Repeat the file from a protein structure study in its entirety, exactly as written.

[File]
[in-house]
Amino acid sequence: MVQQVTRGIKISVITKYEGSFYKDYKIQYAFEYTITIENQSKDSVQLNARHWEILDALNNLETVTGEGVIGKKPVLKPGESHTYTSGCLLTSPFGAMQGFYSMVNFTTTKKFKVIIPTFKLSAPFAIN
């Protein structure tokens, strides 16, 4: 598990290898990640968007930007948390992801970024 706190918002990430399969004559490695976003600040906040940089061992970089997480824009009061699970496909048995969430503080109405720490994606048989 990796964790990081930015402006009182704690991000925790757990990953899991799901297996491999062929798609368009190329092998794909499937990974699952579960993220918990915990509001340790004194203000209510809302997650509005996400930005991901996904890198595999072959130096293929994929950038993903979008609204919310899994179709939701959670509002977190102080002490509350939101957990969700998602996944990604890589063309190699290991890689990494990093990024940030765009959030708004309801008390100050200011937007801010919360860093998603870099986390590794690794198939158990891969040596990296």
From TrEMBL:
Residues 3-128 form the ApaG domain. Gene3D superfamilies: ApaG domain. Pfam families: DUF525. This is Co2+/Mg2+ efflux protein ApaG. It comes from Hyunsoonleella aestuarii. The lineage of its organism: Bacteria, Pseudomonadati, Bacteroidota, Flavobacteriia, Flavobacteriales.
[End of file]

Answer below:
[in-house]
Amino acid sequence: MVQQVTRGIKISVITKYEGSFYKDYKIQYAFEYTITIENQSKDSVQLNARHWEILDALNNLETVTGEGVIGKKPVLKPGESHTYTSGCLLTSPFGAMQGFYSMVNFTTTKKFKVIIPTFKLSAPFAIN
């Protein structure tokens, strides 16, 4: 598990290898990640968007930007948390992801970024 706190918002990430399969004559490695976003600040906040940089061992970089997480824009009061699970496909048995969430503080109405720490994606048989 990796964790990081930015402006009182704690991000925790757990990953899991799901297996491999062929798609368009190329092998794909499937990974699952579960993220918990915990509001340790004194203000209510809302997650509005996400930005991901996904890198595999072959130096293929994929950038993903979008609204919310899994179709939701959670509002977190102080002490509350939101957990969700998602996944990604890589063309190699290991890689990494990093990024940030765009959030708004309801008390100050200011937007801010919360860093998603870099986390590794690794198939158990891969040596990296």
From TrEMBL:
Residues 3-128 form the ApaG domain. Gene3D superfamilies: ApaG domain. Pfam families: DUF525. This is Co2+/Mg2+ efflux protein ApaG. It comes from Hyunsoonleella aestuarii. The lineage of its organism: Bacteria, Pseudomonadati, Bacteroidota, Flavobacteriia, Flavobacteriales.